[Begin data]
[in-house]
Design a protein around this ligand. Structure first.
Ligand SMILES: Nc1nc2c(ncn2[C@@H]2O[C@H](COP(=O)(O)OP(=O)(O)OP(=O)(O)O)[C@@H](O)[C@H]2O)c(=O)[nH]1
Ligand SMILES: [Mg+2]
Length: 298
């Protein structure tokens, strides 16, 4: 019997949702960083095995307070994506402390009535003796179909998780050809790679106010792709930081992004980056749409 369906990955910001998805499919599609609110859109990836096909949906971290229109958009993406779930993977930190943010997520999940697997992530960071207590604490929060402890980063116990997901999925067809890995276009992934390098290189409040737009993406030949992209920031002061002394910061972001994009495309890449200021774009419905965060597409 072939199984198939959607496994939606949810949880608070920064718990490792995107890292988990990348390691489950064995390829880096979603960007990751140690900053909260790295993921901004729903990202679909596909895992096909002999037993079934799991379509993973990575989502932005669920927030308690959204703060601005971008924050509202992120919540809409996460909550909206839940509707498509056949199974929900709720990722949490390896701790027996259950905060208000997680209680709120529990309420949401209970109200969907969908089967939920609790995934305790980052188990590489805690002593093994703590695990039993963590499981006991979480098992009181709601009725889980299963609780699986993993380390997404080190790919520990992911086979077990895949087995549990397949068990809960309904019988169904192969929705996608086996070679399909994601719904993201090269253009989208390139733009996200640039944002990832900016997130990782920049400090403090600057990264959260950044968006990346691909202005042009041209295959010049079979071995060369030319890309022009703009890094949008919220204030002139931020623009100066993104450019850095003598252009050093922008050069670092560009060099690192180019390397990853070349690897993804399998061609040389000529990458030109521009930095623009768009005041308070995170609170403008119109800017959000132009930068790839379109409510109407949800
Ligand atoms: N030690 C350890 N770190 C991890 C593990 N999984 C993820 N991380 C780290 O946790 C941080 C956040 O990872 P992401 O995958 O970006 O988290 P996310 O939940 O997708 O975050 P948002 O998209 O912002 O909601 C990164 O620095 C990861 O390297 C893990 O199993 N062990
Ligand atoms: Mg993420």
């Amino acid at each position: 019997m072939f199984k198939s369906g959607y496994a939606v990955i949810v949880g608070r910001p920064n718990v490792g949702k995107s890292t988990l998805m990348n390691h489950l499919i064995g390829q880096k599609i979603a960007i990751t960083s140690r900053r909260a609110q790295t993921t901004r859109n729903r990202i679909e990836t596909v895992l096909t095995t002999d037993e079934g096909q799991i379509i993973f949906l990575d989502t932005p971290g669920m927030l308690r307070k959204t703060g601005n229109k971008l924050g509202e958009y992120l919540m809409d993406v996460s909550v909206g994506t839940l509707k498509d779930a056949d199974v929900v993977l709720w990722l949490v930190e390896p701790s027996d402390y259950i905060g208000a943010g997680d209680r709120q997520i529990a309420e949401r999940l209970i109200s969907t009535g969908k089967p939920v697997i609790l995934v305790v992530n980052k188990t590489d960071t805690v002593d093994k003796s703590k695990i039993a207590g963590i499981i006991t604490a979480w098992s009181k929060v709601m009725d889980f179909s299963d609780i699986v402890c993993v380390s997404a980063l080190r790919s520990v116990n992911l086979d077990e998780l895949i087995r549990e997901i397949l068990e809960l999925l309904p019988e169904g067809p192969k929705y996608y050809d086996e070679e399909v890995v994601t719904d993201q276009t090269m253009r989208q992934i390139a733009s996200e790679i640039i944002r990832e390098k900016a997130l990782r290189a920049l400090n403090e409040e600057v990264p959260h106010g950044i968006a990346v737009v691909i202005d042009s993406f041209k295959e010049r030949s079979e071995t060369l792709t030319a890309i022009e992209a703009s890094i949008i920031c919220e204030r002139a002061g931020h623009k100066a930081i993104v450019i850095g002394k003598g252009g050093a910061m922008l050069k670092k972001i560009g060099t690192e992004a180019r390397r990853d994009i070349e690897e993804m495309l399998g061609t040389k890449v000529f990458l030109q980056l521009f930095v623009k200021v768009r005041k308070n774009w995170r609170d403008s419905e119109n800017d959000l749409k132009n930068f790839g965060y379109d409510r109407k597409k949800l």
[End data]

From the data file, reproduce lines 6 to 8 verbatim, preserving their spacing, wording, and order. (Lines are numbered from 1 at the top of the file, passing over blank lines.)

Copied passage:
């Protein structure tokens, strides 16, 4: 019997949702960083095995307070994506402390009535003796179909998780050809790679106010792709930081992004980056749409 369906990955910001998805499919599609609110859109990836096909949906971290229109958009993406779930993977930190943010997520999940697997992530960071207590604490929060402890980063116990997901999925067809890995276009992934390098290189409040737009993406030949992209920031002061002394910061972001994009495309890449200021774009419905965060597409 072939199984198939959607496994939606949810949880608070920064718990490792995107890292988990990348390691489950064995390829880096979603960007990751140690900053909260790295993921901004729903990202679909596909895992096909002999037993079934799991379509993973990575989502932005669920927030308690959204703060601005971008924050509202992120919540809409996460909550909206839940509707498509056949199974929900709720990722949490390896701790027996259950905060208000997680209680709120529990309420949401209970109200969907969908089967939920609790995934305790980052188990590489805690002593093994703590695990039993963590499981006991979480098992009181709601009725889980299963609780699986993993380390997404080190790919520990992911086979077990895949087995549990397949068990809960309904019988169904192969929705996608086996070679399909994601719904993201090269253009989208390139733009996200640039944002990832900016997130990782920049400090403090600057990264959260950044968006990346691909202005042009041209295959010049079979071995060369030319890309022009703009890094949008919220204030002139931020623009100066993104450019850095003598252009050093922008050069670092560009060099690192180019390397990853070349690897993804399998061609040389000529990458030109521009930095623009768009005041308070995170609170403008119109800017959000132009930068790839379109409510109407949800
Ligand atoms: N030690 C350890 N770190 C991890 C593990 N999984 C993820 N991380 C780290 O946790 C941080 C956040 O990872 P992401 O995958 O970006 O988290 P996310 O939940 O997708 O975050 P948002 O998209 O912002 O909601 C990164 O620095 C990861 O390297 C893990 O199993 N062990
Ligand atoms: Mg993420």